12 Dec Social Security and your tax burden
Q. If a person will qualify for Social Security, the Roth IRA has the advantage that withdrawals don’t pull Social Security payments into taxable income, effectively increasing a person’s tax rate. Is that correct? What will raise a person’s tax rate with Social Security?
A. You are correct that qualified distributions from Roth IRAs are not taxable.
Specifically, this means that you are permitted to withdraw your contributions at any time, tax- and penalty-free, said Marnie Aznar, a certified financial planner with Aznar Financial Advisors in Morris Plains.
For this discussion, Aznar is assuming you’re older than 59 1/2.
“If that is the case, keep in mind that distributions from a Roth IRA that has been held for less than five years would result in earnings that would be subject to taxes, but not penalties,” she said. “If you are over 59 ½ and have had the Roth IRA for more than five years, you are in a position to withdraw money from a Roth IRA without being subject to income taxes or penalties.”
Now that we have that out of the way, let’s get to your questions.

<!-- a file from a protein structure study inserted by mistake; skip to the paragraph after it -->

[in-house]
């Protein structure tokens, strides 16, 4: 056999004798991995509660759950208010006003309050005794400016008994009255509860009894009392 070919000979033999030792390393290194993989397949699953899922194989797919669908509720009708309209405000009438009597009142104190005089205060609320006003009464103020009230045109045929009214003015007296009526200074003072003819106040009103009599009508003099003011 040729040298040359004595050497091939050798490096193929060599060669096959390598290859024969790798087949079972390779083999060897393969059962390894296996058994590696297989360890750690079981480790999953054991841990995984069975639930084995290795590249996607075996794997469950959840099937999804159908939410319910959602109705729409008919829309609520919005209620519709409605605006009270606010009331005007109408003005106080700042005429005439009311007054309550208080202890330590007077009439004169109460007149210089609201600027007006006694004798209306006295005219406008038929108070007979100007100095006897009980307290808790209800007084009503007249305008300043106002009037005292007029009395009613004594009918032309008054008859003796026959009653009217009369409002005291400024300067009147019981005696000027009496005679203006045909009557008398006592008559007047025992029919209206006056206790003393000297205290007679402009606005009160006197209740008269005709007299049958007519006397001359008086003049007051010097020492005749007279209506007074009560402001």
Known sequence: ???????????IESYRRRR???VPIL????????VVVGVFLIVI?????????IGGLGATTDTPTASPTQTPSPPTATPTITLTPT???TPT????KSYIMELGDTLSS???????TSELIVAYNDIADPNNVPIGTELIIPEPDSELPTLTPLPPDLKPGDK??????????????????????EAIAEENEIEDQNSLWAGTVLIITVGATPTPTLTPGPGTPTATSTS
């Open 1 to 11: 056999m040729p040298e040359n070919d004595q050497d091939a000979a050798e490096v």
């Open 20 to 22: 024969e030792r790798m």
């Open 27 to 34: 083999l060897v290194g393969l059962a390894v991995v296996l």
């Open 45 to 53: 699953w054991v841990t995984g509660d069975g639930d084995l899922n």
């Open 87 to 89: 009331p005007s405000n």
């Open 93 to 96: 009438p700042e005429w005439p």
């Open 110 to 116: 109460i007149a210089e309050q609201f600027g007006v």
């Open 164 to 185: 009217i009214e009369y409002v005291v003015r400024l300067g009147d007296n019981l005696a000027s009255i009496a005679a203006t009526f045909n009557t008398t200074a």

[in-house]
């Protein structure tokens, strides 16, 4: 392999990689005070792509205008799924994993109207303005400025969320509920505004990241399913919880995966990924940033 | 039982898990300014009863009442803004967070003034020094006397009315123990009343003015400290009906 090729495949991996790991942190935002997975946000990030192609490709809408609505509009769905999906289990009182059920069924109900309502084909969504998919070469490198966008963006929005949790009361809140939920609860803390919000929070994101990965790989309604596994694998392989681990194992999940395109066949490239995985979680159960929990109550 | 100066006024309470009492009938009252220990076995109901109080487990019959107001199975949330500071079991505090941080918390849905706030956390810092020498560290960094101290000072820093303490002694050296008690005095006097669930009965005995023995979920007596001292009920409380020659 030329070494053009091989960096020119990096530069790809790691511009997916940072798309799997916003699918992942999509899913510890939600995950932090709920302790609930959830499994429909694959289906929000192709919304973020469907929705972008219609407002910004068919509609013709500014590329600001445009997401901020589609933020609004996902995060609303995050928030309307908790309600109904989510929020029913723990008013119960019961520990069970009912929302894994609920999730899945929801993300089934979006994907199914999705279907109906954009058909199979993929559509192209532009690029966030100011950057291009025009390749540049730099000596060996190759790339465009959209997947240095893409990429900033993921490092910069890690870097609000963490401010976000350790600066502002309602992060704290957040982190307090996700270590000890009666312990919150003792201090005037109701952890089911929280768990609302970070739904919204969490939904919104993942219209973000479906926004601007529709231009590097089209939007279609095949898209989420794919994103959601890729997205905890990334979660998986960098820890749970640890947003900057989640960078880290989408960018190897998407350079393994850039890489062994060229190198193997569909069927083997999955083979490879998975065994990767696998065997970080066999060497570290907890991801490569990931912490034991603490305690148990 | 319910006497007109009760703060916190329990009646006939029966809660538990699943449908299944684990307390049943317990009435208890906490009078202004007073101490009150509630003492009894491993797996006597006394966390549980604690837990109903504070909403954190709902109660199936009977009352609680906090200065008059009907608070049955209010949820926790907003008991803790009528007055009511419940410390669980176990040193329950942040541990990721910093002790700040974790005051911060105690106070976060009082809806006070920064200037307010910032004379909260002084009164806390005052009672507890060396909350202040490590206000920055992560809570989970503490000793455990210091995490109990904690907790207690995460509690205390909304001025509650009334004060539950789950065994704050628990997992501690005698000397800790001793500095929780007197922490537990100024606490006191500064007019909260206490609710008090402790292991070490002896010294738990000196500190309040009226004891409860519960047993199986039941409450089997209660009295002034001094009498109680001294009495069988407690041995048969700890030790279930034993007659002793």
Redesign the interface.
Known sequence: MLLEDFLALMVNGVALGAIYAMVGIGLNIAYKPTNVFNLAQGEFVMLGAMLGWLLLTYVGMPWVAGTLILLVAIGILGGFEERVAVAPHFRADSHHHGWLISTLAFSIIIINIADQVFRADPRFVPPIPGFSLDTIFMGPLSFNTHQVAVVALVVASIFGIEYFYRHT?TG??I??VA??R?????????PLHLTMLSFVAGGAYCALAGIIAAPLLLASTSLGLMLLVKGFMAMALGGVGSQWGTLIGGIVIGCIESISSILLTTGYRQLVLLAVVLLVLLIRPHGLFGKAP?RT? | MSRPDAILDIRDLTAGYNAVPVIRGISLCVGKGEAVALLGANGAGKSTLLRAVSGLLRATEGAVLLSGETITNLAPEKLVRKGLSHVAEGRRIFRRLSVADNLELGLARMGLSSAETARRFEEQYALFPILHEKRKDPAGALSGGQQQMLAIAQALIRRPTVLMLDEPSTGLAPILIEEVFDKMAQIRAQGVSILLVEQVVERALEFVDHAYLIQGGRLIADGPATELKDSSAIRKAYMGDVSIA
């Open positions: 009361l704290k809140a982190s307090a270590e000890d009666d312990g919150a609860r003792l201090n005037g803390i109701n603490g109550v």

When it comes to Social Security taxation, Aznar said, you should keep in mind that your combined income — which is your adjusted gross income, non-taxable interest and one-half of your total Social Security benefits — will determine how much of your Social Security benefits are taxable.
“If you file `single’ and your combined income is more than $34,000, up to 85 percent of your Social Security benefits could be subject to tax,” Aznar said. “Under the same scenario, combined income less than $25,000 would mean that you are not subject to taxes on your Social Security benefits.”
If you are “married filing jointly” and your combined income is more than $44,000, up to 85 percent of your Social Security benefits could be subject to tax, Aznar said. Under the same scenario, combined income of less than $32,000 would mean that you are not subject to taxes on your Social Security benefits.
Aznar said under current tax law, you will not pay taxes on any more than 85 percent of your benefits regardless of your combined income or filing status.
And one bonus: New Jersey does not tax Social Security benefits.
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This post was first published in December 2017.NJMoneyHelp.com presents certain general financial planning principles and advice, but should never be viewed as a substitute for obtaining advice from a personal professional advisor who understands your unique individual circumstances.